By Carmen Tomfohrde

I began rowing four years ago during a spat of frustration with my bike.  Previously, a knee injury led me into cycling as a long-term alternative to knee surgery.  One night a cyclist behind me accidentally swiped my rear wheel with his front tire, and we sprawled across the pavement.  Though I eventually got back on my bike and continued cycling until moving to HKU for my PhD, I needed a little hiatus from my bike.

Certain leg press activities maintain the strength of the knee, and in both cycling and rowing the main driver of power is a leg press action.  I’d watched rowers on the Shing Mun River, and I wanted to give rowing a try.

The Shing Mun River, seen from the Shek Mun Rowing Center

The Shing Mun River at night, seen from the Sha Tin Rowing Center

Enter School of English MPhil alumna Sze Tin Tin, whom I met during my evening MAES degree at HKU.  A veteran of HKU Rowing, she directed me toward the rowing classes offered through the Hong Kong, China Rowing Association, and I was soon hooked.  The instructor of my final course was New Star Rowing Club coach Franco Cheng; after joining New Star, I encouraged Tin Tin to join us.  She in turn connected me to HKU Rowing, where I participate to the extent that I am able around my PhD work. 

Sze Tin Tin leading a coastal rowing four in a rowing sea trip 

My nine-year-old niece, in a conversation about my rowing, informed me, “Aunt Carmen, it’s not about winning medals.”  She’s right.  What is it about, then?

It’s about balance.  Rowers must cooperate and deliver correct technique to keep the boat balanced and moving efficiently, but—speaking metaphorically of balance—rowing is also a healthy way for me to disconnect from work and contribute to a community.

Tin Tin and I are both rowing stroke side (oars on the right of the image) in this eight

It’s about learning and personal growth.  As a highly technical sport, rowing is as much an intellectual endeavor as it is a physical one, and it has pushed me into a new field of knowledge as well as new experiences.

Getting a rigging physics lesson from HKU coach Sze Ho  (Photo taken by Alan Mok)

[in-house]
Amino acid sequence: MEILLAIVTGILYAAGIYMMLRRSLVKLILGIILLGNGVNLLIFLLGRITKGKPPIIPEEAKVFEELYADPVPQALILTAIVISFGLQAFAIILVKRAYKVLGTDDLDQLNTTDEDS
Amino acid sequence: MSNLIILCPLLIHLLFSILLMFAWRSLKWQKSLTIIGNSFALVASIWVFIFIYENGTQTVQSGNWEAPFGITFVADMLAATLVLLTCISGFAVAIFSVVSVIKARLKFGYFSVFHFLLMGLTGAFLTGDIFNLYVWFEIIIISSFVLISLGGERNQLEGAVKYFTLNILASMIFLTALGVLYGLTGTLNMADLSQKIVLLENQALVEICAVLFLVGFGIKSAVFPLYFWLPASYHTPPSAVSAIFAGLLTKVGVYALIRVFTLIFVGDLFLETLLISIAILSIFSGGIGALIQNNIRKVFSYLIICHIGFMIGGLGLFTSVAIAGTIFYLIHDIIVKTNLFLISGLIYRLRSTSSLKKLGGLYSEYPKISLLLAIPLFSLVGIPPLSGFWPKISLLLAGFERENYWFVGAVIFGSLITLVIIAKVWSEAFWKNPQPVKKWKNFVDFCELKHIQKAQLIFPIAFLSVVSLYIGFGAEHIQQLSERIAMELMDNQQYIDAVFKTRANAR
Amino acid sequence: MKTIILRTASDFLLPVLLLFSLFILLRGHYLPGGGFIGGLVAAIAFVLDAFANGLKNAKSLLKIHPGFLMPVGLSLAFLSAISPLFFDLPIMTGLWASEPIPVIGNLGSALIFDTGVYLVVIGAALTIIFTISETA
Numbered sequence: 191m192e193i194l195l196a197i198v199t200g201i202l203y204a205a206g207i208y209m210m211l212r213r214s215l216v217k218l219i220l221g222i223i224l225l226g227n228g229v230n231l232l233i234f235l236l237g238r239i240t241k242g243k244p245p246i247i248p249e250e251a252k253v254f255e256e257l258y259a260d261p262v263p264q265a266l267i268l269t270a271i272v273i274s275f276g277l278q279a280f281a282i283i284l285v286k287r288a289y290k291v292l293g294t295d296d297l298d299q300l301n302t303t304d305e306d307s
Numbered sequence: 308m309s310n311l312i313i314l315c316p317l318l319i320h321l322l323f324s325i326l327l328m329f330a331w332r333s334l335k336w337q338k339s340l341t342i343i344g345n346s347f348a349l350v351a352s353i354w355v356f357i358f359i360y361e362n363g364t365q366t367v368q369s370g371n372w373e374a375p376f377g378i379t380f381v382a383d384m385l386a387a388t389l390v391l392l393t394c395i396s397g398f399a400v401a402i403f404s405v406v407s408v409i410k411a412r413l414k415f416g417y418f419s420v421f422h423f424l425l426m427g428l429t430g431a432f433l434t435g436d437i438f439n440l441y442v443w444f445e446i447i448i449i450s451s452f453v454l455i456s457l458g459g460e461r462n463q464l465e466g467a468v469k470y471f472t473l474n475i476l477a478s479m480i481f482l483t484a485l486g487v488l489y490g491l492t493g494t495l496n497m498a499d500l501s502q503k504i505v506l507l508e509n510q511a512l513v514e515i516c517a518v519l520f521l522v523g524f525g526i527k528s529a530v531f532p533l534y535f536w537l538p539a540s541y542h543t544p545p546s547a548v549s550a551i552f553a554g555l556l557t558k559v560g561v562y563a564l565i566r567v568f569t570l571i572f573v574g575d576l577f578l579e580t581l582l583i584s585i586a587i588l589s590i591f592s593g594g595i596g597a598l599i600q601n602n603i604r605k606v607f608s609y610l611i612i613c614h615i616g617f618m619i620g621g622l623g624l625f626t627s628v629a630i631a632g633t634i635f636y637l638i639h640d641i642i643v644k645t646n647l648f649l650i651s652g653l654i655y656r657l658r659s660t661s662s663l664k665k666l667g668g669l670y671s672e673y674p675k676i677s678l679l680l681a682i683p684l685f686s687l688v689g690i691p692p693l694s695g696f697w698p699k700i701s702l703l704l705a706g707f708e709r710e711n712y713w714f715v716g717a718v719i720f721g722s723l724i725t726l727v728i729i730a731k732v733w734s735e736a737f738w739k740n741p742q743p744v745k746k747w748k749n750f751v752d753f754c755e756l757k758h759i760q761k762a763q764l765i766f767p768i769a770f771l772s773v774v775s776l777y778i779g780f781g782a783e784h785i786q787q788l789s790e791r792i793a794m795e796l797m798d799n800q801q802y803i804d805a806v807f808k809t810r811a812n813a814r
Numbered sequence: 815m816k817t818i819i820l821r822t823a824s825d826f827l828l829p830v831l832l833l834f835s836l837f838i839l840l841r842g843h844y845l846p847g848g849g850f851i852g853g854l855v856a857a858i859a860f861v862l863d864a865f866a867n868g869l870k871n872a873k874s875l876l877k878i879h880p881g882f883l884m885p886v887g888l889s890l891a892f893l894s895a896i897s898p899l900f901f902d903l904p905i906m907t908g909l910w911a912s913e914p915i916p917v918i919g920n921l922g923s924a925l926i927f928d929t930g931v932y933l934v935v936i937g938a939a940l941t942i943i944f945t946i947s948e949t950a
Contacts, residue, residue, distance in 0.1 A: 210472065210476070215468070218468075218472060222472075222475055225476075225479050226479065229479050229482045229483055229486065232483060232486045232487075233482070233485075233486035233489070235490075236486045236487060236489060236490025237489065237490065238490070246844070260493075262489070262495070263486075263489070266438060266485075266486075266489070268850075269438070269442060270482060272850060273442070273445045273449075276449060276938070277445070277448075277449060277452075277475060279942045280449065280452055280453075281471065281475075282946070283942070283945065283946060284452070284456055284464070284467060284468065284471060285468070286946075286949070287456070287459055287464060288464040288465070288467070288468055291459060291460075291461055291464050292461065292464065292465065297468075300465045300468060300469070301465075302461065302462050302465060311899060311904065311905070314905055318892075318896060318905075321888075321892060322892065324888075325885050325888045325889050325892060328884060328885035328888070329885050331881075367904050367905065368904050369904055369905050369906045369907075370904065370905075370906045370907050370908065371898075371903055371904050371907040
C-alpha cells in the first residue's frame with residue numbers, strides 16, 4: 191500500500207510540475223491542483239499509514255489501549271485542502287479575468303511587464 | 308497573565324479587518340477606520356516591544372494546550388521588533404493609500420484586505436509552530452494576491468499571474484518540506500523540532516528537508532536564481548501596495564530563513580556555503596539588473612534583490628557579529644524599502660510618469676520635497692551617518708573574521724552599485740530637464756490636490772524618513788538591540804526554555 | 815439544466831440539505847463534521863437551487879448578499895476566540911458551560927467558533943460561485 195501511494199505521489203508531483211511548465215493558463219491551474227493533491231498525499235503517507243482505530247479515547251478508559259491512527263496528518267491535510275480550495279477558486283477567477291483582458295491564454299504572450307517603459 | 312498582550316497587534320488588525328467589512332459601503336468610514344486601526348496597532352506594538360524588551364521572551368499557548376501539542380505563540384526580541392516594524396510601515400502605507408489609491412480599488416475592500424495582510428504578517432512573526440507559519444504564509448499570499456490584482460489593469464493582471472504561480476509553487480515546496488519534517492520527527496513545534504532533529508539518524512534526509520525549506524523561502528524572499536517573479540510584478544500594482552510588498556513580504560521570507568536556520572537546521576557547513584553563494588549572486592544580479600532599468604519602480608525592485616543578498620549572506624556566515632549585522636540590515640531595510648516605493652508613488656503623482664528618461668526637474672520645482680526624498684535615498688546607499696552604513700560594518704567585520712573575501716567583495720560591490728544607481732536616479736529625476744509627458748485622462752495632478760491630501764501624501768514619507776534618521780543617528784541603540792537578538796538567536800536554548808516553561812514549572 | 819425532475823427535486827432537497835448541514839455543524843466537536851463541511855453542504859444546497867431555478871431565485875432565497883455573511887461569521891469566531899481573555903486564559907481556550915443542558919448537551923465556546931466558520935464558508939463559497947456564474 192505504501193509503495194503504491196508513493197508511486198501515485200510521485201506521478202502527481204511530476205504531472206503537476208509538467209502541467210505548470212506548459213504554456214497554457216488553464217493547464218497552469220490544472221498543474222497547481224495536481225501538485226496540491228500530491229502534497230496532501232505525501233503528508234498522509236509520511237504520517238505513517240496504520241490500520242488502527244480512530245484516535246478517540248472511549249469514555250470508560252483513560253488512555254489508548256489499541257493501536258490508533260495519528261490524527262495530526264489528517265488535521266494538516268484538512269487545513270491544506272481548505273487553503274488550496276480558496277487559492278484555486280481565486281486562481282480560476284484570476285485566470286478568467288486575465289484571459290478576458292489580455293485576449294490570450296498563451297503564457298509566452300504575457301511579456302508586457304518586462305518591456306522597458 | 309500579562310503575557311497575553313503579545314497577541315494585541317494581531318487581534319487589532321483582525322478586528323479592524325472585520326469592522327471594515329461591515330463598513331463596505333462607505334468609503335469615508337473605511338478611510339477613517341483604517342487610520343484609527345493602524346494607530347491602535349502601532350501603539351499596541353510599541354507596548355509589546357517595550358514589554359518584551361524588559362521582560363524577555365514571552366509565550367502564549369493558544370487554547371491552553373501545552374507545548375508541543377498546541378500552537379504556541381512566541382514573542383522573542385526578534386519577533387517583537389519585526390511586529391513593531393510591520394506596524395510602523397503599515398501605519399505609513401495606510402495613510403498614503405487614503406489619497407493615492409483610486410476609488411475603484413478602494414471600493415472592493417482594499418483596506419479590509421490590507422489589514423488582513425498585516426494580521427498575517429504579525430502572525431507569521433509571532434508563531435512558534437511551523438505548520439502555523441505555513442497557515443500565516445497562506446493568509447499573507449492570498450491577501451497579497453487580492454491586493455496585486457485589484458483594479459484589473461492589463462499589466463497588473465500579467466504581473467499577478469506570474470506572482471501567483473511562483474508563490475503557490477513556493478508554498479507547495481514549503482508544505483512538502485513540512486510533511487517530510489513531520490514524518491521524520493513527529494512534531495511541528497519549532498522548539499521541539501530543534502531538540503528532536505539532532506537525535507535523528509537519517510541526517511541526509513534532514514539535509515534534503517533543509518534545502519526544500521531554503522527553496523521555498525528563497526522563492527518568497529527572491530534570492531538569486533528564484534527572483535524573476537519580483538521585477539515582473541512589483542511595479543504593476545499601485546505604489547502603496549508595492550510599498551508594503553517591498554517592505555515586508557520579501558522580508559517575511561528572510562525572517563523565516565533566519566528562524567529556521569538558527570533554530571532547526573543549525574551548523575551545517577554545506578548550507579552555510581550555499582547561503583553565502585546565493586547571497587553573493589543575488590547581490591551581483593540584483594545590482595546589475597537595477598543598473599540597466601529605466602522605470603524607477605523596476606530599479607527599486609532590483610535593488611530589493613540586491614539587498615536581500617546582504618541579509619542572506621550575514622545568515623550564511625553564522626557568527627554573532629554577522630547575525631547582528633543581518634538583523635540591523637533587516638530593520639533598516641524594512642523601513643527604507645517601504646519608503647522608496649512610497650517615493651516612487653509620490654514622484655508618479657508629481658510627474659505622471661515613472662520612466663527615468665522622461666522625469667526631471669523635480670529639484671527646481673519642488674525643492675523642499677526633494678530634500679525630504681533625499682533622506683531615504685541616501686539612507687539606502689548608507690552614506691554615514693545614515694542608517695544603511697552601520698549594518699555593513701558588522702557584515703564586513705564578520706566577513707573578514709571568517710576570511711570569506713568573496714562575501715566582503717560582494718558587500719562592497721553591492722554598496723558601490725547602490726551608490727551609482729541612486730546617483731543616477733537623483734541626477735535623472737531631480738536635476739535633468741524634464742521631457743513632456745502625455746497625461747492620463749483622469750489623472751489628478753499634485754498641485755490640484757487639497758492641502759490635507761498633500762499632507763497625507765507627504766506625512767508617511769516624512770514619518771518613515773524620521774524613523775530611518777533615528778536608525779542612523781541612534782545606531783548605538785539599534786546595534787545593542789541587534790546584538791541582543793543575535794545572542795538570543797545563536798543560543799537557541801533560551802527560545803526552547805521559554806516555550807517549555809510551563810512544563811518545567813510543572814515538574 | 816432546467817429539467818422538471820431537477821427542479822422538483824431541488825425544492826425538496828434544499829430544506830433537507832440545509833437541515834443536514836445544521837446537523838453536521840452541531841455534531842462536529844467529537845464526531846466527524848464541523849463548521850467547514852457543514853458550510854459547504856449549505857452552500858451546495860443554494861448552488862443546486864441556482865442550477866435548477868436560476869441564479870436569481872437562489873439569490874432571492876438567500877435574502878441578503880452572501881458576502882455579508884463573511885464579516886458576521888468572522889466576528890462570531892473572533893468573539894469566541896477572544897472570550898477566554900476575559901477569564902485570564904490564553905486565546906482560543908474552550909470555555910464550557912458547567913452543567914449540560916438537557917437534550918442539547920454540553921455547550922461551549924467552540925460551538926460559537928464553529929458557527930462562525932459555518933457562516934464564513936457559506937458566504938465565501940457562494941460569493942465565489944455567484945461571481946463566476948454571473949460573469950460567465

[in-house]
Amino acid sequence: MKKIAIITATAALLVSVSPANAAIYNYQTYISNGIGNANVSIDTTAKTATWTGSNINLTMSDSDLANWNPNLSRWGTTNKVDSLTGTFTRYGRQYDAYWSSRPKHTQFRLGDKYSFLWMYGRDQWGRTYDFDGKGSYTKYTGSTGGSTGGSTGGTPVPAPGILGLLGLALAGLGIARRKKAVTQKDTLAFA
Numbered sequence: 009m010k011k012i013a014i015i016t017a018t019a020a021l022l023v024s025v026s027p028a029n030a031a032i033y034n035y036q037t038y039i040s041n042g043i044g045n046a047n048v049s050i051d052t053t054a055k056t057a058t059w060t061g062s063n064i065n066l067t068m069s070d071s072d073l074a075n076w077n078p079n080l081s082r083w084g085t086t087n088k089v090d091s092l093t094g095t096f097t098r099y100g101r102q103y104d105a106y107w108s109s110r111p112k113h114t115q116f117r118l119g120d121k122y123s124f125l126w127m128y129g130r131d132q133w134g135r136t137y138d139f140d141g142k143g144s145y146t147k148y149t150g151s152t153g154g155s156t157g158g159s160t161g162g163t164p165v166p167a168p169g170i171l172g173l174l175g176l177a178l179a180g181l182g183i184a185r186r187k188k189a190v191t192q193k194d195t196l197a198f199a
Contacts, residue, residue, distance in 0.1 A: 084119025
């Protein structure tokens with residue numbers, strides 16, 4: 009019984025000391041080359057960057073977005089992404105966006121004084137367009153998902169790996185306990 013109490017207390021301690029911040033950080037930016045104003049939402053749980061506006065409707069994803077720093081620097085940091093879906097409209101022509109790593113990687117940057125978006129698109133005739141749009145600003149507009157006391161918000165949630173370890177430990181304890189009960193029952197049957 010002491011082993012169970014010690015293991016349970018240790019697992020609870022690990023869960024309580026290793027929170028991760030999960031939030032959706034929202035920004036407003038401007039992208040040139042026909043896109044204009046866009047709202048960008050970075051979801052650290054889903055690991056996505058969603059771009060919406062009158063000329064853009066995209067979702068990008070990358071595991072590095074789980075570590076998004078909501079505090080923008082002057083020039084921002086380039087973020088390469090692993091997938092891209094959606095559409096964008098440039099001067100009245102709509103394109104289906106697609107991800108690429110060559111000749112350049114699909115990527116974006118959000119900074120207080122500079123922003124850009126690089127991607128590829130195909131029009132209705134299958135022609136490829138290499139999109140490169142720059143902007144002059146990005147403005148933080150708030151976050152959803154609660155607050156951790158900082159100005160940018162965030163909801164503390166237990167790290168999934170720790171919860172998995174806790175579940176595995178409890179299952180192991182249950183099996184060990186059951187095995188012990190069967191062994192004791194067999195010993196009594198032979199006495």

It’s about finding my limits.  That means sometimes finding I am capable of more than I thought, but also sometimes putting me in my place and reminding me that I’m not superhuman.

Single sculling to a rather unimpressive last-place finish in the 8-university championships (Photo taken by Sam Woo)

It’s about keeping things in perspective.  After pushing myself through a difficult and painful workout, I can hardly feel ruffled by some trivial slight, which might otherwise make me irritated.

I’m in dark blue, resting my oar (Photo taken by Ivy Tam)

It’s about delivering my best for the team. Every stroke matters in a rowing race, and fellow rowers can feel sloppy technique.  Literally and figuratively, we are all in it together.

Sculling quads lining up for a 1000-meter race.  My team is in yellow. (Photo taken by Stephen Lam)

It’s about “transferrable skills.”  I am convinced rowers are well-suited for the workforce: they can produce under stress, focus and concentrate even in pain, and work when no one is paying them for it.

The same sculling quads at race pace (Photo taken by Sam Woo)

It’s about maintaining my limited Cantonese.  My chronic errors have prompted coaches to repeat certain phrases so many times that language inability is no excuse for poor performance.

Some members of New Star Rowing Club (Photo taken by courtesy New Star)

It’s about exploring Hong Kong.  Tell me, is Hong Kong not beautiful?

Coastal rowing boats on a sea trip


Published on: March 31, 2016 < Back >